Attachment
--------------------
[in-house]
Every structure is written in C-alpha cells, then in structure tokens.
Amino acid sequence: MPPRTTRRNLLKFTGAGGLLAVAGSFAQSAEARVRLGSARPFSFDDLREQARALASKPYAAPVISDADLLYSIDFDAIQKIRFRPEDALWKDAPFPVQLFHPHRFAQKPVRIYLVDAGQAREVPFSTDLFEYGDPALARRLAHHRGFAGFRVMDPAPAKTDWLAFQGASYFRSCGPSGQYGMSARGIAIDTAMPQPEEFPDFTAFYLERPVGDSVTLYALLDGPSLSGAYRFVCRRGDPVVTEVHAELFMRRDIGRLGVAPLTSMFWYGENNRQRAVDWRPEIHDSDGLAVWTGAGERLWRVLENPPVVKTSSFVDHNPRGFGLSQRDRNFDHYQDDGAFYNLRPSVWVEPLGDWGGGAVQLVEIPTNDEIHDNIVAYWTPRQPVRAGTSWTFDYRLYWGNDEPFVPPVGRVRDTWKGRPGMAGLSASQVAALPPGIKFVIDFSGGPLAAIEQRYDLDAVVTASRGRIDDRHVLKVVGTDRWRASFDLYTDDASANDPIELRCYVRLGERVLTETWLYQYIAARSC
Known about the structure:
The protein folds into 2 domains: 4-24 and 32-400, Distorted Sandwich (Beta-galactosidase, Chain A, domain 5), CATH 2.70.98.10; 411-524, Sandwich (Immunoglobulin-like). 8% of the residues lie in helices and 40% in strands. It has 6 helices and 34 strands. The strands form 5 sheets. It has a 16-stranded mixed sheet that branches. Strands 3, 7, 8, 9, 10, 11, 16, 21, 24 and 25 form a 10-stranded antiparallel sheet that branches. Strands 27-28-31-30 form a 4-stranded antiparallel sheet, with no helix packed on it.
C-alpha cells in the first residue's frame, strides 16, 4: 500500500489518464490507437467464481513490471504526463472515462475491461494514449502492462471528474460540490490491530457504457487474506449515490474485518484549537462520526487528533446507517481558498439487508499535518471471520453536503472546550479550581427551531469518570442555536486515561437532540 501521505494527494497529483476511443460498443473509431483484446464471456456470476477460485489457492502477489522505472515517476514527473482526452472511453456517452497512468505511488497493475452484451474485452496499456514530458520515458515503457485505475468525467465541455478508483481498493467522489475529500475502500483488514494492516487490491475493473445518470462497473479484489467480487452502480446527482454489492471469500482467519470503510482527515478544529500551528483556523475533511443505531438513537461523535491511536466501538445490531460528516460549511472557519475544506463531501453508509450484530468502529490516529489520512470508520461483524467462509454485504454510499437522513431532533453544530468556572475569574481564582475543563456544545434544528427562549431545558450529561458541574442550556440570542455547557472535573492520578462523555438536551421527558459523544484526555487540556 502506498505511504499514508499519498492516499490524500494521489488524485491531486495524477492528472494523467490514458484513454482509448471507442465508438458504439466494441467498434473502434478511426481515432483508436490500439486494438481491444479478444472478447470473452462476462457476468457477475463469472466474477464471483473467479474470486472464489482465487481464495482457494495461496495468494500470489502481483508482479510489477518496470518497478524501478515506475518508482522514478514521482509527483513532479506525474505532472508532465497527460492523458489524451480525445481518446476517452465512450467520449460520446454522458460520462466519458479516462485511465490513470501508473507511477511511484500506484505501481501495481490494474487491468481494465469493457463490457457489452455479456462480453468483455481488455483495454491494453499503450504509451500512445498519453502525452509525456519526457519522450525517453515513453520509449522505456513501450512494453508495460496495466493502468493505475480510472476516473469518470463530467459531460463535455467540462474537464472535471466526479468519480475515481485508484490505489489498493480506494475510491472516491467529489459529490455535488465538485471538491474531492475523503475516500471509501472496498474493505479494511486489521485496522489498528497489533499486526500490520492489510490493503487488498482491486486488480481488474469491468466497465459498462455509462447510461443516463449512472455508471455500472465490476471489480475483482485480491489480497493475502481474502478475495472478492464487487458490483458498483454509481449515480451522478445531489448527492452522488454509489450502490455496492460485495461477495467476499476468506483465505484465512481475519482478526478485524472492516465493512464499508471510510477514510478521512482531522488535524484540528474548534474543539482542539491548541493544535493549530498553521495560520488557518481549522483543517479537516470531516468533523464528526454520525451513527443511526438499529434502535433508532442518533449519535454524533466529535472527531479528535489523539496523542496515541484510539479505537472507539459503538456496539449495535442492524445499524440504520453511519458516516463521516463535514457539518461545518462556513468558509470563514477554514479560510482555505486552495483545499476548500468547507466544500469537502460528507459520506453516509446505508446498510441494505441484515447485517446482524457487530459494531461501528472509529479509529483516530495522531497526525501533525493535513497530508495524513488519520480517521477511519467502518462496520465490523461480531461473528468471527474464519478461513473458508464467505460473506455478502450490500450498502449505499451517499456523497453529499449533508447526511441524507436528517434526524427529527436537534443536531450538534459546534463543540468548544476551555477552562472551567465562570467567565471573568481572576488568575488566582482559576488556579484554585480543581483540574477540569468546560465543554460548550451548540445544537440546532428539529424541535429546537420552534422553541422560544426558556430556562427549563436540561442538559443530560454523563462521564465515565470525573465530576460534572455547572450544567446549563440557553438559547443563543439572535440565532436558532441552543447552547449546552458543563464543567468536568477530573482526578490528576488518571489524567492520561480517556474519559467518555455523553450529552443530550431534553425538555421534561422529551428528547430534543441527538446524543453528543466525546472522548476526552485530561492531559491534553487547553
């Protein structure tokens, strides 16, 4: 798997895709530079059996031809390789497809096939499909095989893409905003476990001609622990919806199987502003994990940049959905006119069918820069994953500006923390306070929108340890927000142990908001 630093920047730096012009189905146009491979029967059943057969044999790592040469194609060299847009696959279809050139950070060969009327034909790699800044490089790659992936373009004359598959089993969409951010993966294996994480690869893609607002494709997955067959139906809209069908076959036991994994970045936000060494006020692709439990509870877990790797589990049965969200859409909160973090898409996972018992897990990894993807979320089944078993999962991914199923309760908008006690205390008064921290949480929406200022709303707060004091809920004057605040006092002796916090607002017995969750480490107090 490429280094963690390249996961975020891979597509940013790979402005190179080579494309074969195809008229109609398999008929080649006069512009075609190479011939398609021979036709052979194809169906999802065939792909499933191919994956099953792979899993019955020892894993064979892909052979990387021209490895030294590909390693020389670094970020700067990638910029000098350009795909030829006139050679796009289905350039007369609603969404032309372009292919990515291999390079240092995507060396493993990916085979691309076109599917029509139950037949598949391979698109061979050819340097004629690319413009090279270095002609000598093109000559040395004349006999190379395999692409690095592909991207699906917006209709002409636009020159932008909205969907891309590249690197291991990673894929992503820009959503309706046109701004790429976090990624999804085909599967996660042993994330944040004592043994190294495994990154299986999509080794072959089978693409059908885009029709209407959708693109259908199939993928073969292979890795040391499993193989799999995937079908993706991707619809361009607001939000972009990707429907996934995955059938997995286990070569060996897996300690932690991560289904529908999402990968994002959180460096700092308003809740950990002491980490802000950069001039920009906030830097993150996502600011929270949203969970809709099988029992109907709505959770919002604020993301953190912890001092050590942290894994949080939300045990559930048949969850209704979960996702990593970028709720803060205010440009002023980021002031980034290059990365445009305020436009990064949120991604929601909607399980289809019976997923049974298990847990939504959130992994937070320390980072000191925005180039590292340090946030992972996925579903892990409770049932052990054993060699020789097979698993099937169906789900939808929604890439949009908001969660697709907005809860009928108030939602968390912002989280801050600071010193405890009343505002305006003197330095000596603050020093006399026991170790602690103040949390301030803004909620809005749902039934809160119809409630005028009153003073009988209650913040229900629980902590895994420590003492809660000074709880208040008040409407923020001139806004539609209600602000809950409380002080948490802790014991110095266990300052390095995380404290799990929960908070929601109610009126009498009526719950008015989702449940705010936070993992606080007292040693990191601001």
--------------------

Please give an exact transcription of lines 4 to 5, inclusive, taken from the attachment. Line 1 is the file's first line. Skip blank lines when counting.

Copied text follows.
Known about the structure:
The protein folds into 2 domains: 4-24 and 32-400, Distorted Sandwich (Beta-galactosidase, Chain A, domain 5), CATH 2.70.98.10; 411-524, Sandwich (Immunoglobulin-like). 8% of the residues lie in helices and 40% in strands. It has 6 helices and 34 strands. The strands form 5 sheets. It has a 16-stranded mixed sheet that branches. Strands 3, 7, 8, 9, 10, 11, 16, 21, 24 and 25 form a 10-stranded antiparallel sheet that branches. Strands 27-28-31-30 form a 4-stranded antiparallel sheet, with no helix packed on it.